No cheese (or “cheese”) brings as much controversy with it as American cheese. The plastic-wrapped singles that grace fast-food burgers and kids’ grilled cheese lunches are loved by some and hated by many in the U.S. these days.

Mccoy kelly
Progressive Publishing

It’s particularly out of favor with millennials, who mostly loathe its processed, not-so-healthy nature. Yet its meltability and resulting ooey-gooeyness is championed by some celebrity chefs, notably Guy Fieri of Diners, Drive-Ins and Dives fame (often popping up in his culinary game show, Guy’s Grocery Games) and Iron Chef Alex Guarnaschelli, who has defended the product as “sacred and delicious” on Twitter.

Canadian immigrant James Kraft was experimenting to find a cheese with a longer shelf life on this side of the pond in the early 1900s, as were cheesemakers across the Atlantic in Switzerland (without the cheddar component; they used their homeland version of Swiss cheese, naturally). In both cases, emulsifying salts helped preserve the product as well as adding the velvety texture and melting quality.

Kraft patented his version in 1916, and a descendant patented a cooling, slicing and singles packaging process in 1944, creating the plastic-wrapped thin slices we know. The other main brand of American cheese, Velveeta, was first made by Swiss immigrant Emil Frey in New York in 1918, separate from Kraft’s effort. The Velveeta Cheese Company was incorporated a few years later … and quickly bought by Kraft Foods in 1927. Neither Kraft Singles nor Velveeta are considered “real” cheese by the FDA; they are sold as “cheese product,” a term coined for items with less than 51% cheese.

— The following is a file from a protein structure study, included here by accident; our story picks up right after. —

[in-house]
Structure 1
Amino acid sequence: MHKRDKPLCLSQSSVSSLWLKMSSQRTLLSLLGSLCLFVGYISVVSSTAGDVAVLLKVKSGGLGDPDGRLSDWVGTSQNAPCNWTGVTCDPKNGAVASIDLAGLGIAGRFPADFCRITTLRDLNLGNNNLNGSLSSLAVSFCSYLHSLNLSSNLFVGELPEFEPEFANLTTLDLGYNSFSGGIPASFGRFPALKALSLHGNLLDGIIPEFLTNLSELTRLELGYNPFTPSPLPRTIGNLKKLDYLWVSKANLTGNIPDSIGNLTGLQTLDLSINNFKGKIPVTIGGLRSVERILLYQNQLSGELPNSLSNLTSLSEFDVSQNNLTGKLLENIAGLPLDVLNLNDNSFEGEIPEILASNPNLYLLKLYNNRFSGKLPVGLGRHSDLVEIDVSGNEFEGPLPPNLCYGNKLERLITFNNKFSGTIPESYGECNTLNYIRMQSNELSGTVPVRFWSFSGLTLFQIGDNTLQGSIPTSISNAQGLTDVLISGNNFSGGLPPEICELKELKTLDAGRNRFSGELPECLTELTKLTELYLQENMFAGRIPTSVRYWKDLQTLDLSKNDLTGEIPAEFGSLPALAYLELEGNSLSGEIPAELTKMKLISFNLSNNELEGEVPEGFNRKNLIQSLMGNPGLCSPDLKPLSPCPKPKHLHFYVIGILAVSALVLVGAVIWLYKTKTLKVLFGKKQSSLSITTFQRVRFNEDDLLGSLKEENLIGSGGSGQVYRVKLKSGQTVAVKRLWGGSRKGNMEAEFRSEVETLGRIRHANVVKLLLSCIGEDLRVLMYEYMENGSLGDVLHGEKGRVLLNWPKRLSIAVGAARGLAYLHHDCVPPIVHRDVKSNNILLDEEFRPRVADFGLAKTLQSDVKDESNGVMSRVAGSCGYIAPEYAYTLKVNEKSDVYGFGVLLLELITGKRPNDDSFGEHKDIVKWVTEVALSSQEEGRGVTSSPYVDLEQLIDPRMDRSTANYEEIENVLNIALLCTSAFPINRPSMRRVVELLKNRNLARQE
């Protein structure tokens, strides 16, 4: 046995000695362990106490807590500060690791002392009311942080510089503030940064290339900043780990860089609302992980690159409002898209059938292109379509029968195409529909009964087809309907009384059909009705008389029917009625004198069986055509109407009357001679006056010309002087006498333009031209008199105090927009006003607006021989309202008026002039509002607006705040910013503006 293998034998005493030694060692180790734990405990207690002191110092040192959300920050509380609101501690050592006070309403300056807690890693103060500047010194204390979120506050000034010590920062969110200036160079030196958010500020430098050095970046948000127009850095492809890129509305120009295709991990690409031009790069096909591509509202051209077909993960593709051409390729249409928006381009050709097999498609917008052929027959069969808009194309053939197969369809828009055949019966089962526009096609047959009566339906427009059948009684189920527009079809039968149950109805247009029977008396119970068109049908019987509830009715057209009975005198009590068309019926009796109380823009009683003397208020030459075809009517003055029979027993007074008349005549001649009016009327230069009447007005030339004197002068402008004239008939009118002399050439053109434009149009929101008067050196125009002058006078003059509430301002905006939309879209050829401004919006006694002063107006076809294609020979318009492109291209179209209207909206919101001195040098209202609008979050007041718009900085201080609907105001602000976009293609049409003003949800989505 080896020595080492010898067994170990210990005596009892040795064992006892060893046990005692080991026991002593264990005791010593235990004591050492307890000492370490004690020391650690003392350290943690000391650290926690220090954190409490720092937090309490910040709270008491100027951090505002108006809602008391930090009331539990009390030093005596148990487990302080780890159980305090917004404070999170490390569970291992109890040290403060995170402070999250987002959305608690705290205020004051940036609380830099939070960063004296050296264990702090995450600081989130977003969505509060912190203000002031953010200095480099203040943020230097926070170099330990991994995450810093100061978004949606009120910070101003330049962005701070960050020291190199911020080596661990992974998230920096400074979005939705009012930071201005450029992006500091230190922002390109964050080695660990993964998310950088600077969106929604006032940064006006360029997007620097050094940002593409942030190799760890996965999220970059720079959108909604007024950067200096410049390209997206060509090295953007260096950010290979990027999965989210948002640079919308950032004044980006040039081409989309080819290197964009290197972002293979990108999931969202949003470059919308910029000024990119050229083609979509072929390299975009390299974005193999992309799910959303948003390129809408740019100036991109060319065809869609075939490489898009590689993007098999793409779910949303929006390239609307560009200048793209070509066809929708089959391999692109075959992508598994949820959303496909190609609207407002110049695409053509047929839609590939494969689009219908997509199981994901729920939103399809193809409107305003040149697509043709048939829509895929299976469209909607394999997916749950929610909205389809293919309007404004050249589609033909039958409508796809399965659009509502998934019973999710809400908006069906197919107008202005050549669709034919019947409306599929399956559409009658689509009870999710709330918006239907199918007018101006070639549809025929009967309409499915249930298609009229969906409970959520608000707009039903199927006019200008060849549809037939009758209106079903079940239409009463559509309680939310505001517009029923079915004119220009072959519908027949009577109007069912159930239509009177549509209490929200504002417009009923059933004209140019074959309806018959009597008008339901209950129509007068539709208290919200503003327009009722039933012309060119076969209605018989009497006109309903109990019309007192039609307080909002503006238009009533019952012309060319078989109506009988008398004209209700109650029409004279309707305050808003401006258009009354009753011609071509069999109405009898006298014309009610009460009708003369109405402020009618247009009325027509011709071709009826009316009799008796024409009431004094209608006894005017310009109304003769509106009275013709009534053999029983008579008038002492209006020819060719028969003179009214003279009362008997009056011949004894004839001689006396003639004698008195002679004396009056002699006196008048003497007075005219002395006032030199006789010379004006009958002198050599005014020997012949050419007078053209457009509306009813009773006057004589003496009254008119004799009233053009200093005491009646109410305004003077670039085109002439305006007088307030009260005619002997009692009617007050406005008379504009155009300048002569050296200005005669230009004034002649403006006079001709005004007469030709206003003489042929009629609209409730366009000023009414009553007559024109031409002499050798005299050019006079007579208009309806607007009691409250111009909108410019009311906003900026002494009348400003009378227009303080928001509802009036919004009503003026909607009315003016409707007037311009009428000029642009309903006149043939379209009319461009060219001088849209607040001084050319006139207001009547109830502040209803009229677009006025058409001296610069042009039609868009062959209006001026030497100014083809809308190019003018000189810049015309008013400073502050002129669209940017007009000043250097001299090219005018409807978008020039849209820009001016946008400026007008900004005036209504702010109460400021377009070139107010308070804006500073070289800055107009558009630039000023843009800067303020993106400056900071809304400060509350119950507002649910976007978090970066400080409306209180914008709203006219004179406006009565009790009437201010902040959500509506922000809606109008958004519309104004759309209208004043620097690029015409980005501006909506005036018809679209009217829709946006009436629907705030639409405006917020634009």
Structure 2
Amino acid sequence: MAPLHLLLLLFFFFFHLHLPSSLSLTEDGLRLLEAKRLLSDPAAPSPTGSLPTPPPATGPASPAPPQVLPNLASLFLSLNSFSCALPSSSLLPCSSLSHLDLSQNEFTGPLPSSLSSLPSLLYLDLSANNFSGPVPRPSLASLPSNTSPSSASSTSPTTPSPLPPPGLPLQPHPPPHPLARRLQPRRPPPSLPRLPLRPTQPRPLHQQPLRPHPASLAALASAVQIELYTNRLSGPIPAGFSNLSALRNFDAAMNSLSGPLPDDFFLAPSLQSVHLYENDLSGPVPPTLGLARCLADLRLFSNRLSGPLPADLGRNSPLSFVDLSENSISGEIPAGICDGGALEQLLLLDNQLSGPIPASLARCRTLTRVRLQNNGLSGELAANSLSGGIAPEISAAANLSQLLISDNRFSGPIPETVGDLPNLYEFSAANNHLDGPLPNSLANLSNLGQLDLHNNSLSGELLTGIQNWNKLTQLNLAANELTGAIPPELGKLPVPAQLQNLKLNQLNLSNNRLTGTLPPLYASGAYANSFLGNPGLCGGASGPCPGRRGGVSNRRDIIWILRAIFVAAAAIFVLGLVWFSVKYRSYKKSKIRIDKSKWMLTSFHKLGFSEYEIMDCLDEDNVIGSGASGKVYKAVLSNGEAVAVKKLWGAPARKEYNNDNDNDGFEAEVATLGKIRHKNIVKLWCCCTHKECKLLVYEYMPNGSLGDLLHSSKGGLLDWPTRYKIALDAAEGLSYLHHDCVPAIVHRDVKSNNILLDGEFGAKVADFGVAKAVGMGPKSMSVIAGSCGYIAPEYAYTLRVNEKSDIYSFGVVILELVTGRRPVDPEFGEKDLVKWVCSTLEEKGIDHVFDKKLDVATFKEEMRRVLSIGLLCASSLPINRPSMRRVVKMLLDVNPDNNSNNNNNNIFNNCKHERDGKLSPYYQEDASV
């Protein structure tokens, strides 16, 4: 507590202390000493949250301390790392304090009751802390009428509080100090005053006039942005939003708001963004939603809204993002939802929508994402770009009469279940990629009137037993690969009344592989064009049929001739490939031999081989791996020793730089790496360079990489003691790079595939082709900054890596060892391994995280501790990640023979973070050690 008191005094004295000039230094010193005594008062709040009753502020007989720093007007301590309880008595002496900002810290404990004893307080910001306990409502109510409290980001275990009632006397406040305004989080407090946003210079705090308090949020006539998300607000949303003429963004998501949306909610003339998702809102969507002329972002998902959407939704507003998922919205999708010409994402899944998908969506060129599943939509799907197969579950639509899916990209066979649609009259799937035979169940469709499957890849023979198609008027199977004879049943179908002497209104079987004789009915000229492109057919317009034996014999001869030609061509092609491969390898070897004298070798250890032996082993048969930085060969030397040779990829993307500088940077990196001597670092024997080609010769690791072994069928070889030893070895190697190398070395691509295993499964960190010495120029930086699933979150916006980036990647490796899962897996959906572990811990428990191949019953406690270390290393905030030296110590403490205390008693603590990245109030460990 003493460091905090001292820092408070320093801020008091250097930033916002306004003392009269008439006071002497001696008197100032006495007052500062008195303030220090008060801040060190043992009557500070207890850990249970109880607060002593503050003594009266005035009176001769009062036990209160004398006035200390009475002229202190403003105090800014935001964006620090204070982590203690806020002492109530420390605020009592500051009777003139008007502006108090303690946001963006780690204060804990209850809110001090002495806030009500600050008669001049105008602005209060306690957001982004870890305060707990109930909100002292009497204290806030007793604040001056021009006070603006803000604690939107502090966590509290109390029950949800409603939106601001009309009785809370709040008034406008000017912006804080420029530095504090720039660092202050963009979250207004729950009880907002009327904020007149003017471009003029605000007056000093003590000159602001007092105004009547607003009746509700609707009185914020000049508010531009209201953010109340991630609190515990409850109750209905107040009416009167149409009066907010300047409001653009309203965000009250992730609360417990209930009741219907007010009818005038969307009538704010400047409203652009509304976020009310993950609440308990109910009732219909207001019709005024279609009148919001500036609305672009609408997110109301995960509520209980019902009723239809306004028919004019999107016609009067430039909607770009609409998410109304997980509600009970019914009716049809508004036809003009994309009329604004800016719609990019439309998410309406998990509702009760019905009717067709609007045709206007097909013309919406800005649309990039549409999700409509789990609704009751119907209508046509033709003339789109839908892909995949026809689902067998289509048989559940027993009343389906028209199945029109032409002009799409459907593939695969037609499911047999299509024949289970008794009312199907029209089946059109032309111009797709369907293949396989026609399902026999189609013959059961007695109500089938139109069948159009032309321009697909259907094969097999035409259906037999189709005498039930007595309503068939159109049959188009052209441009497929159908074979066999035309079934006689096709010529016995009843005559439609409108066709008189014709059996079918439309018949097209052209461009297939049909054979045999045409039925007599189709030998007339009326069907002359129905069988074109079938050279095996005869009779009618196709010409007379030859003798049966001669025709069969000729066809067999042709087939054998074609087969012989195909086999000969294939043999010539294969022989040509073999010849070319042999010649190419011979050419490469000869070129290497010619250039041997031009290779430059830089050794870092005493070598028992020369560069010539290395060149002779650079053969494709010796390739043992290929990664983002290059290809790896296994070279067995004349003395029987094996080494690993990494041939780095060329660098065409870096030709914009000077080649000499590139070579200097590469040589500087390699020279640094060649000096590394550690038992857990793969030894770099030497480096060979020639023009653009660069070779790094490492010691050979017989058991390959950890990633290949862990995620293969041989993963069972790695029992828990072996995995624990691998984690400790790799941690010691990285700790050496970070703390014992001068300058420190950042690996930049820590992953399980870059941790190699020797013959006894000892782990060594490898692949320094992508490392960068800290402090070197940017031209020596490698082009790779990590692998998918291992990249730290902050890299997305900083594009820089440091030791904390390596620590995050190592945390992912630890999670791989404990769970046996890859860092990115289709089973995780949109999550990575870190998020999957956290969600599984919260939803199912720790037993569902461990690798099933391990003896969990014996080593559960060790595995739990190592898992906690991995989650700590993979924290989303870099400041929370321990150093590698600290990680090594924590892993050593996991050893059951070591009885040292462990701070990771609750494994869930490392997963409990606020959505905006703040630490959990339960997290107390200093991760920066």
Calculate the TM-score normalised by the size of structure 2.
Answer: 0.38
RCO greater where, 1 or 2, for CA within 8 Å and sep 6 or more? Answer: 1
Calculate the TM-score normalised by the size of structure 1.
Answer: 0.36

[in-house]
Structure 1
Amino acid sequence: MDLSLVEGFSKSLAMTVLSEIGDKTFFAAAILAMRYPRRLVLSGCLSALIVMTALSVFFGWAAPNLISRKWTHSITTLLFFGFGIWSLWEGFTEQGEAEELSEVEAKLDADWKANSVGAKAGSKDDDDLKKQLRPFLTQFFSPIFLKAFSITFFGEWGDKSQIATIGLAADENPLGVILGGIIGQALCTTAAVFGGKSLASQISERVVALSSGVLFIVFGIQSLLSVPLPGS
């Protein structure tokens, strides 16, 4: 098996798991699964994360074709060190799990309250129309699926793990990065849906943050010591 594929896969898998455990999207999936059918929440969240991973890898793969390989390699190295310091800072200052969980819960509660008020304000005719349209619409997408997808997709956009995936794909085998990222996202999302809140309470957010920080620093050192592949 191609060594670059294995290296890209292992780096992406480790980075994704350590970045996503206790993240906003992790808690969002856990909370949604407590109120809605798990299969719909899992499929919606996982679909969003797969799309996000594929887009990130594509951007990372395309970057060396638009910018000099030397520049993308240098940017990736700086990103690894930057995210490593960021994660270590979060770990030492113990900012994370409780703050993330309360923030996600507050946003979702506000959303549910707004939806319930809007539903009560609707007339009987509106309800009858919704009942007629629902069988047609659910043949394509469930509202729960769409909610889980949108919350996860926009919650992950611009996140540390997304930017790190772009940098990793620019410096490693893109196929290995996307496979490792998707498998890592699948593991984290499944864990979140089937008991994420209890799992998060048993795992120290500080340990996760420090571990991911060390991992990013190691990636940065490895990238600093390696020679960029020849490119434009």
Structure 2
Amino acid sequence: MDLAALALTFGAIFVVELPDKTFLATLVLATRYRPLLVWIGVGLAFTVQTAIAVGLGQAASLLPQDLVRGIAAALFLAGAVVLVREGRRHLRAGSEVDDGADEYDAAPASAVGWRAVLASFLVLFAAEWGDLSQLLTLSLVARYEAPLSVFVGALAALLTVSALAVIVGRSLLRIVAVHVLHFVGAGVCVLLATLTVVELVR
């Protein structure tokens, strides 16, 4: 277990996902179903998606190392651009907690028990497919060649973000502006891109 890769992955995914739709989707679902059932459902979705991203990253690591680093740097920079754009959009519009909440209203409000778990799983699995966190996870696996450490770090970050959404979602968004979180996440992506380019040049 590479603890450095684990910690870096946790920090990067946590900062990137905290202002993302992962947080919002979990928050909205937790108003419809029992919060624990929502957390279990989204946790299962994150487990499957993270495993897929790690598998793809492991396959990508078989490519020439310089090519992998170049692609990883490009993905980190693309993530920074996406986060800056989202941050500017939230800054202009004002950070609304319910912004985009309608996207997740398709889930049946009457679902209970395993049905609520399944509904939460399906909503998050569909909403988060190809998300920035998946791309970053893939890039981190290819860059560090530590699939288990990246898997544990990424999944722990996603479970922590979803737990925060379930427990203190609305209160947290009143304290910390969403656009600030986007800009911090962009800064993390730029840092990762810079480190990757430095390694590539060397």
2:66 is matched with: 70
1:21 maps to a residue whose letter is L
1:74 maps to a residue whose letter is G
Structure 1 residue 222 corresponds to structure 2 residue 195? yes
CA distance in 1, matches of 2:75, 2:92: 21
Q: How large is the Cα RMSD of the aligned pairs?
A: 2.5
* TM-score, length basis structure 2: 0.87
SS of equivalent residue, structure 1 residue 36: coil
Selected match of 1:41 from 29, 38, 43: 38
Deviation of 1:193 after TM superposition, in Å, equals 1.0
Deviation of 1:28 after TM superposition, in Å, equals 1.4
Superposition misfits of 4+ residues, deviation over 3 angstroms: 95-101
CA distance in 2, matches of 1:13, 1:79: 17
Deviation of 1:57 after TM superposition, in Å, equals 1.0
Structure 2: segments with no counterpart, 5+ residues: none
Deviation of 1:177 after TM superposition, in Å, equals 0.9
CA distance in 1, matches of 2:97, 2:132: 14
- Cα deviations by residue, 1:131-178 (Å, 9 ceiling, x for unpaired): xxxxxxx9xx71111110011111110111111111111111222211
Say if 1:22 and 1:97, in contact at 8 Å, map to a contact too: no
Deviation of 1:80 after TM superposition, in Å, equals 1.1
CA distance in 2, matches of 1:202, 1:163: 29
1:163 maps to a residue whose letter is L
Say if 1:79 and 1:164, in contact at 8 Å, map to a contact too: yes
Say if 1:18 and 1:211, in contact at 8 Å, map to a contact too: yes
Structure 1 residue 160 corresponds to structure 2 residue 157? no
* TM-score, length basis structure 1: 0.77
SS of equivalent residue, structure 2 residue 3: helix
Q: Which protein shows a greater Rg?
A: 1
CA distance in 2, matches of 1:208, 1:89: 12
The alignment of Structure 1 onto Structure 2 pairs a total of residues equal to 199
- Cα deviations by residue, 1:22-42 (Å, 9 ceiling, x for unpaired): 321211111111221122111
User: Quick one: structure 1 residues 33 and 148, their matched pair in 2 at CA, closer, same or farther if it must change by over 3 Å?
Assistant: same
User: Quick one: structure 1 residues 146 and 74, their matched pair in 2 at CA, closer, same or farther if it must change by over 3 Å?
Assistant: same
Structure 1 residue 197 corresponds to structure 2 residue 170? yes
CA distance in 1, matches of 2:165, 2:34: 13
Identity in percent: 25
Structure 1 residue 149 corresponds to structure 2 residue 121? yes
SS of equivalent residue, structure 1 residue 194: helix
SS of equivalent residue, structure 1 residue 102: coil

Real cheese or not, American cheese was considered convenient and tasty in the 1940s and ’50s, not only consumed in most households on a regular basis but shipped overseas to the troops as a much-enjoyed taste of home. This led to an acquired taste for American cheese that still survives in, of all places, South Korea.


Like in Hawaii after World War II, U.S. Army surplus abounded after the Korean War – including leftover, warehoused hot dogs, Spam and American cheese. The Koreans soon discovered that American cheese offered a refreshing relief to the spiciness of many of their beloved dishes, including ramen, Korean BBQ and stir-fried rice. It is a common topping to all of the above and more in Korean street food – and is beginning to come full circle, back home to the U.S. as part of the current Korean food craze.

While American cheese is only considered a cheese product, less than 51% actual cheese, it also contains whey, milk, milkfat and milk protein concentrate.